I think the book in general could be a bit better organized. My notes, although taken linearly, read as a bit disjointed, with some jumping around among different ideas. The overarching concepts are not laid out as clearly and succinctly in the book as they are in my review. Similarly, some concepts can be repeated a bit too often, leaving the reader feeling like they’ve read this before. Also, sometimes the book delves a bit too deeply into anthropological concepts and methods, given the fact that it is presented as a book for a layman. Finally, I feel the title of the book is a bit too click-baity. It reads as if it was written to sound much more controversial and attacking of the pharmaceutical industry than the book itself actually is. The title reads like the book will be a heavy-hitting expose, when really it is an even-handed piece of anthropology work.
Overall, this book will appeal to anyone interested in how the United States health care culture has evolved to the point it is currently at in regards to prescribing so many drugs. The reader does not have to be a scientist or involved in medicine to understand the book, although portions of it may feel a bit repetitive or overly technical at times. Although the book could be a bit better organized, overall it presents a clear look into the culture of drug prescription in the United States, and I recommend it to anyone interested in that topic.
4 out of 5 stars
In the future, people’s memories are backed up on sticks like external hard-drives, and when someone dies, they can just be put into a new body or resleeved. Criminals are put into the brain bank for a set period of time to serve their “prison” sentence before being resleeved. Kovacs is an ex-UN envoy but he’s also a criminal, and he wakes up one day in a new sleeve on Earth, not his home planet, before his sentence is up. A rich myth–someone who has been alive for centuries in the same body, due to their wealth–has been killed. After being resleeved, the local police told him it was suicide, but he doesn’t believe them. So he’s hired Kovacs to figure it out for him. If he solves the mystery, he’ll get sent back to his home planet and get a sleeve of his choice without serving any further sentence. If he doesn’t, he’ll serve out the rest of his sentence and get resleeved on Earth, far from home. Kovacs has no choice but to try to figure out who would waste their time killing a man who has endless sleeves to burn?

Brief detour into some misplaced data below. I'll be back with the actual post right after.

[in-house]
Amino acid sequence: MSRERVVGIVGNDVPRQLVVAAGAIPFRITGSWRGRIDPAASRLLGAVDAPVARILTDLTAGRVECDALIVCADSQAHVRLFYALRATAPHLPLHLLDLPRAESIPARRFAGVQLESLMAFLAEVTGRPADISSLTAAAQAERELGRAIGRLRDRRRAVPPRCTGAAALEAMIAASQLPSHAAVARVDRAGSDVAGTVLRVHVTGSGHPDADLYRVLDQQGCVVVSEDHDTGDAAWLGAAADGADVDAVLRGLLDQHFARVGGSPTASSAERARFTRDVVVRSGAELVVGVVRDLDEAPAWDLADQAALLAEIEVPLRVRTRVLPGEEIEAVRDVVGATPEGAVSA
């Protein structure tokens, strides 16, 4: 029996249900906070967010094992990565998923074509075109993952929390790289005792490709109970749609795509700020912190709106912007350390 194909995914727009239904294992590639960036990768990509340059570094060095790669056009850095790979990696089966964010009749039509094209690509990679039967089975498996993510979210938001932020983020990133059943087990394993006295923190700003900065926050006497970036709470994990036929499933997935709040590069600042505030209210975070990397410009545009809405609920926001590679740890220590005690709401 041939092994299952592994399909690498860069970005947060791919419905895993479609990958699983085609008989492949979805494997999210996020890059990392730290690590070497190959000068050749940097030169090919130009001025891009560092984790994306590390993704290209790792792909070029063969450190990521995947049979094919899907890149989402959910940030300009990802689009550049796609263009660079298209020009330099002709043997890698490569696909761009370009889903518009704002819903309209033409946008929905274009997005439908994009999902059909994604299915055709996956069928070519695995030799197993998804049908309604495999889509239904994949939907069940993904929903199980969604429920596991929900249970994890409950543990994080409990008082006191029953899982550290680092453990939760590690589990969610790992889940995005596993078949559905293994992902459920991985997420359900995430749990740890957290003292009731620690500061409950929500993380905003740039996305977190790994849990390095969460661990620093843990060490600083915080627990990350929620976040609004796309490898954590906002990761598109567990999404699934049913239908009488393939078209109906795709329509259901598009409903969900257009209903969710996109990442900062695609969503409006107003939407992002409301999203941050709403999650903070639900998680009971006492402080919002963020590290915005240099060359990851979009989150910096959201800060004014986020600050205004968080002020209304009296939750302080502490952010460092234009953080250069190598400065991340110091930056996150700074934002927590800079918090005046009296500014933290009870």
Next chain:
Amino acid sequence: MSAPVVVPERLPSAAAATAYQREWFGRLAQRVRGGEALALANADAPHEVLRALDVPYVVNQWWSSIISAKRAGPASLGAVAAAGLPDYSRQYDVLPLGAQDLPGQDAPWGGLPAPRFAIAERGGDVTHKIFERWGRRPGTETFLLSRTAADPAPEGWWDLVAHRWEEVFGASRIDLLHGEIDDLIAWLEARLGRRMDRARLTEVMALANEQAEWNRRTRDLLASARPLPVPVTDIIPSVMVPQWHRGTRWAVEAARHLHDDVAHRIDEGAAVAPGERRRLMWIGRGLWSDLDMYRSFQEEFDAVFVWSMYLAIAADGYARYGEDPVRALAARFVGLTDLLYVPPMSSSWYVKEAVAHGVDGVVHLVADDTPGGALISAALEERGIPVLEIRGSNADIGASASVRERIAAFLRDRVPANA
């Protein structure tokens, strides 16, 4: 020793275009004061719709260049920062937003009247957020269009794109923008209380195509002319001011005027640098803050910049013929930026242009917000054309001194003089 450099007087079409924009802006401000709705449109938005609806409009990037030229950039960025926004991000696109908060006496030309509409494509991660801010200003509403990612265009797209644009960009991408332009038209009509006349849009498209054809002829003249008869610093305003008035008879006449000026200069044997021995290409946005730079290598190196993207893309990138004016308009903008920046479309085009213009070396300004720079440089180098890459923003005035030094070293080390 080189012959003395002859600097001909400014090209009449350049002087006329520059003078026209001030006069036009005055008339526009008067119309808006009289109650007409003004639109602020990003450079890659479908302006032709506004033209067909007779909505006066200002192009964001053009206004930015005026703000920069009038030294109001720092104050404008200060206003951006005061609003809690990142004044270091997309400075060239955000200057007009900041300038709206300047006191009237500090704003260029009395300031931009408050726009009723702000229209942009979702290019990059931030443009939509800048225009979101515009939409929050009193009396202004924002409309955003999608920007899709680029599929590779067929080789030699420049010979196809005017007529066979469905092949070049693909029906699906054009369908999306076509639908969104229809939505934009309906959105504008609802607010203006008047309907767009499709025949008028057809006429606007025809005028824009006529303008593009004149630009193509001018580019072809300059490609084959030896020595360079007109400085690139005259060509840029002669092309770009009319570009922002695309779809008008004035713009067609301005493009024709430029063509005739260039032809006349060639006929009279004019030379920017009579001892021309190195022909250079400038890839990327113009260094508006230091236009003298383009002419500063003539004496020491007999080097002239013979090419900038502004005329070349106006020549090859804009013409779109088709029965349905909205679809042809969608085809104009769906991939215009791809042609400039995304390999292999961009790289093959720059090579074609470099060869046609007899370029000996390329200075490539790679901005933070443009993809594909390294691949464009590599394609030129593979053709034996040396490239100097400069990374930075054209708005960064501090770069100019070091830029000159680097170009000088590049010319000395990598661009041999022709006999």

I love a good noir, and I liked the futuristic scifi sound of this one (the most famous futuristic scifi noir is Blade Runner/Do Androids Dream of Electric Sheep, in case you were wondering). Unfortunately, in spite of the very cool resleeving concept, I was left quite bored by the plot.